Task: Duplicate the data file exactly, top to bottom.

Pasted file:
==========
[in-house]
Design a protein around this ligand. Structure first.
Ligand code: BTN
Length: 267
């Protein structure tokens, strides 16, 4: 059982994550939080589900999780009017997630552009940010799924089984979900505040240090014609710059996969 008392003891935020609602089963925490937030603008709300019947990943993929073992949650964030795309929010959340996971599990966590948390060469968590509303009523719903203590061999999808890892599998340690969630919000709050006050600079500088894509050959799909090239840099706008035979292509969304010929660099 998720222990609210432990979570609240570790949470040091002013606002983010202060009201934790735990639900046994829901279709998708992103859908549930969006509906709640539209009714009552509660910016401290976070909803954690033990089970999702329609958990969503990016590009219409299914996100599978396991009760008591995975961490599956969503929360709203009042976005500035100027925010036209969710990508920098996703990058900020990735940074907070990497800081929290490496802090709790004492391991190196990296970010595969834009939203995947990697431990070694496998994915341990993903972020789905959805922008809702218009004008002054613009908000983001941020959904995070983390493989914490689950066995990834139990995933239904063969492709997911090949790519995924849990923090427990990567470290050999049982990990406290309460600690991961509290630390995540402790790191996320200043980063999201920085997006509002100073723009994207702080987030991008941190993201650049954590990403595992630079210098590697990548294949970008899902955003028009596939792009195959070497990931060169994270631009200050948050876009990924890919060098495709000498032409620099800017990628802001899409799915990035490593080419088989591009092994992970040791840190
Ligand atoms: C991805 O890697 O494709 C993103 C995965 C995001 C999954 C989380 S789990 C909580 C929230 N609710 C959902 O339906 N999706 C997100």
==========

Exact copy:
[in-house]
Design a protein around this ligand. Structure first.
Ligand code: BTN
Length: 267
């Protein structure tokens, strides 16, 4: 059982994550939080589900999780009017997630552009940010799924089984979900505040240090014609710059996969 008392003891935020609602089963925490937030603008709300019947990943993929073992949650964030795309929010959340996971599990966590948390060469968590509303009523719903203590061999999808890892599998340690969630919000709050006050600079500088894509050959799909090239840099706008035979292509969304010929660099 998720222990609210432990979570609240570790949470040091002013606002983010202060009201934790735990639900046994829901279709998708992103859908549930969006509906709640539209009714009552509660910016401290976070909803954690033990089970999702329609958990969503990016590009219409299914996100599978396991009760008591995975961490599956969503929360709203009042976005500035100027925010036209969710990508920098996703990058900020990735940074907070990497800081929290490496802090709790004492391991190196990296970010595969834009939203995947990697431990070694496998994915341990993903972020789905959805922008809702218009004008002054613009908000983001941020959904995070983390493989914490689950066995990834139990995933239904063969492709997911090949790519995924849990923090427990990567470290050999049982990990406290309460600690991961509290630390995540402790790191996320200043980063999201920085997006509002100073723009994207702080987030991008941190993201650049954590990403595992630079210098590697990548294949970008899902955003028009596939792009195959070497990931060169994270631009200050948050876009990924890919060098495709000498032409620099800017990628802001899409799915990035490593080419088989591009092994992970040791840190
Ligand atoms: C991805 O890697 O494709 C993103 C995965 C995001 C999954 C989380 S789990 C909580 C929230 N609710 C959902 O339906 N999706 C997100």